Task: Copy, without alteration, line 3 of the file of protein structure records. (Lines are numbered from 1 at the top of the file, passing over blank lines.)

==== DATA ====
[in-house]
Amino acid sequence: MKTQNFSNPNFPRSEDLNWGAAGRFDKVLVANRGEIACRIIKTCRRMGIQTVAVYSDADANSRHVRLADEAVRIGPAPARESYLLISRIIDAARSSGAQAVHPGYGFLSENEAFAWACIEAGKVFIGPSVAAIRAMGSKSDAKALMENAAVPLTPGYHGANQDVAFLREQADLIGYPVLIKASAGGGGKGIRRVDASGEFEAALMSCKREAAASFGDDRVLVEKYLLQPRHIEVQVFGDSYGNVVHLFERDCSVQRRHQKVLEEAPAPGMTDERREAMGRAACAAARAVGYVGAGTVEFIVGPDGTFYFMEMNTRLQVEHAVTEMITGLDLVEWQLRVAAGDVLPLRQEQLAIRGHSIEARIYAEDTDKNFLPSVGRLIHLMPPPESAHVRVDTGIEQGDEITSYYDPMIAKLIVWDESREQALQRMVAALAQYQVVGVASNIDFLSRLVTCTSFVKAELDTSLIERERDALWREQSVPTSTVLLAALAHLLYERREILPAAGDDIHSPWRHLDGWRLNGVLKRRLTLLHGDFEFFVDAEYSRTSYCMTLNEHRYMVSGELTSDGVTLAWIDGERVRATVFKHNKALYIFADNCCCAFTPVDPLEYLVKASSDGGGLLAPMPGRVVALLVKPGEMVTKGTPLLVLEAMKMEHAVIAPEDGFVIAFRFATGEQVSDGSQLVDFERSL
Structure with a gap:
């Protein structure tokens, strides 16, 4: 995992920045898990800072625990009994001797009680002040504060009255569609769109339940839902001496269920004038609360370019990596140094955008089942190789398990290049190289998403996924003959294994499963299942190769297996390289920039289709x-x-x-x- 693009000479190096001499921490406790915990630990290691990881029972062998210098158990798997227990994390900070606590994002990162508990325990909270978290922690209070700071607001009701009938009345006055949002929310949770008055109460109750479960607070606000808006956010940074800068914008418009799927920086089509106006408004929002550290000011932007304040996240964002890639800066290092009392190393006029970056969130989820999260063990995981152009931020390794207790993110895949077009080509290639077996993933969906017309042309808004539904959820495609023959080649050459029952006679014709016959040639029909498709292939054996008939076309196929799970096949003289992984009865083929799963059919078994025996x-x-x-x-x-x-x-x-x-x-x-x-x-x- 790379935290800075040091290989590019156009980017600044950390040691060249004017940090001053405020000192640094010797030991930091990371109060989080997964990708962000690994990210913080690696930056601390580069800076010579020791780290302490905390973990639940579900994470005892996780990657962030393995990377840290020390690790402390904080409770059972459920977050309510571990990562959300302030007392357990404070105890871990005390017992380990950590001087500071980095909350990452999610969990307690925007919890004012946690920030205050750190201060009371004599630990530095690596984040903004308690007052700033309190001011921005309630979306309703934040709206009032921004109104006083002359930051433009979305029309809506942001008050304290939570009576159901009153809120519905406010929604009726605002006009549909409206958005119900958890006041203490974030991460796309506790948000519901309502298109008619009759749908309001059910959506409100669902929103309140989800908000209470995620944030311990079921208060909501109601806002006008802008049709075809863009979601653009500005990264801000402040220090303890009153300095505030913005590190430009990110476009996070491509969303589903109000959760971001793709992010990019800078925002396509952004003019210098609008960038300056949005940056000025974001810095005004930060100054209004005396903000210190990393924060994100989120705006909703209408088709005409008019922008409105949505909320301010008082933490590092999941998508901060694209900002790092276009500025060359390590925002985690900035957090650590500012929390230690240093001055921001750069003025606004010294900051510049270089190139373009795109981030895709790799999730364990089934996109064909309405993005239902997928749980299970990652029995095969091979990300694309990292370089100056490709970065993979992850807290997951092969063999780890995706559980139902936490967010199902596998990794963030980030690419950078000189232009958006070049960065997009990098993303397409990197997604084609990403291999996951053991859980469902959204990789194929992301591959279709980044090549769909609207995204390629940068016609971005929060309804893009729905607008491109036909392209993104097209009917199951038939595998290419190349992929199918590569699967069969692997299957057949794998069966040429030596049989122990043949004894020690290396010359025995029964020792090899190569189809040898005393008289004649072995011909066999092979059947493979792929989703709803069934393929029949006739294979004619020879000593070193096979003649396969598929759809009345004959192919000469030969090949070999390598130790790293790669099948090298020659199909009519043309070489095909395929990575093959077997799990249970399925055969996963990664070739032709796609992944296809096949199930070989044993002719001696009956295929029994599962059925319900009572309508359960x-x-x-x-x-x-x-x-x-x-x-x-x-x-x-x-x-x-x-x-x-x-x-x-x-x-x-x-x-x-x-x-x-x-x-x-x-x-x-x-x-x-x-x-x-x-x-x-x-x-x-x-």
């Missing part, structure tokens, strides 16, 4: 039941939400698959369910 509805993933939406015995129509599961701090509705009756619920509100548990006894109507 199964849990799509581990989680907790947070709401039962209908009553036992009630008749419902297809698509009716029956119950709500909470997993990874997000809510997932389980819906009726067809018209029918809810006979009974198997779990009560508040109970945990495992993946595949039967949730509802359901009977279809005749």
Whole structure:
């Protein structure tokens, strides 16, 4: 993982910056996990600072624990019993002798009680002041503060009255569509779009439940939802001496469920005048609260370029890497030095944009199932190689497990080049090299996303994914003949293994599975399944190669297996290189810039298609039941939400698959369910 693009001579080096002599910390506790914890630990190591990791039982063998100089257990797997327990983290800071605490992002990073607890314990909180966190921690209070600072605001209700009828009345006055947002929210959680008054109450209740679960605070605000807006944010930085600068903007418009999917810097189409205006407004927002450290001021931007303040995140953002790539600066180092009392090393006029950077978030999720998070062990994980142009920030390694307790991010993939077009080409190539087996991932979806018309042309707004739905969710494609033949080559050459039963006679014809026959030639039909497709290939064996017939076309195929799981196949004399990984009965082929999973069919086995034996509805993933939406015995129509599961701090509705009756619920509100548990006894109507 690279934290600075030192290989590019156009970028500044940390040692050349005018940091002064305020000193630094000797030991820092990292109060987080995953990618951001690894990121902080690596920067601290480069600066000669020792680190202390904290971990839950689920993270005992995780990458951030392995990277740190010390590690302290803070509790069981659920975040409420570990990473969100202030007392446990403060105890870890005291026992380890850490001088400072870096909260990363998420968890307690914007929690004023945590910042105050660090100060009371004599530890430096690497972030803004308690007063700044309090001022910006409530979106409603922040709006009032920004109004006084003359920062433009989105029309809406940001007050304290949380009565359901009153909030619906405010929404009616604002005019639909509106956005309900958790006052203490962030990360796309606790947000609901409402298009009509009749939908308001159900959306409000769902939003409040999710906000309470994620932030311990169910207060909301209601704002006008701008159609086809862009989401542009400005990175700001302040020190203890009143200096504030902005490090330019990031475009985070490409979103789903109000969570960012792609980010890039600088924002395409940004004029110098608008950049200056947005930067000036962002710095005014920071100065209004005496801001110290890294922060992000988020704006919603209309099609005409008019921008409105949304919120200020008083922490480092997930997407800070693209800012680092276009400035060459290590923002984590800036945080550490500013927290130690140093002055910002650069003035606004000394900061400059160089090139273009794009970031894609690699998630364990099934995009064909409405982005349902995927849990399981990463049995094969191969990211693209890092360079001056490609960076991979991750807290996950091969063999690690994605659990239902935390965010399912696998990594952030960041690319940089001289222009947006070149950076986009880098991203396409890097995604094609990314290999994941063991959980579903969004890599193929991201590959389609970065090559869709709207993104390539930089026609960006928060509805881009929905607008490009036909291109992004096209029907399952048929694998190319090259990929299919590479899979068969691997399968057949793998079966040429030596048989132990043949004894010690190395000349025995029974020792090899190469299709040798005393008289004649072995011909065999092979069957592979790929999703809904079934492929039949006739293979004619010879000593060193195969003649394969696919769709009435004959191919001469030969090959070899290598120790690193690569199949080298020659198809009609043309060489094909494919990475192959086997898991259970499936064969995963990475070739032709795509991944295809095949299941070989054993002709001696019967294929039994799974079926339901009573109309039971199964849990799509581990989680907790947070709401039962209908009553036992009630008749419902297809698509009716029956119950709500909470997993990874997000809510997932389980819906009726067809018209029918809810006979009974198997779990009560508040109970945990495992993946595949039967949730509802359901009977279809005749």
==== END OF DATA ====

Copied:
Structure with a gap: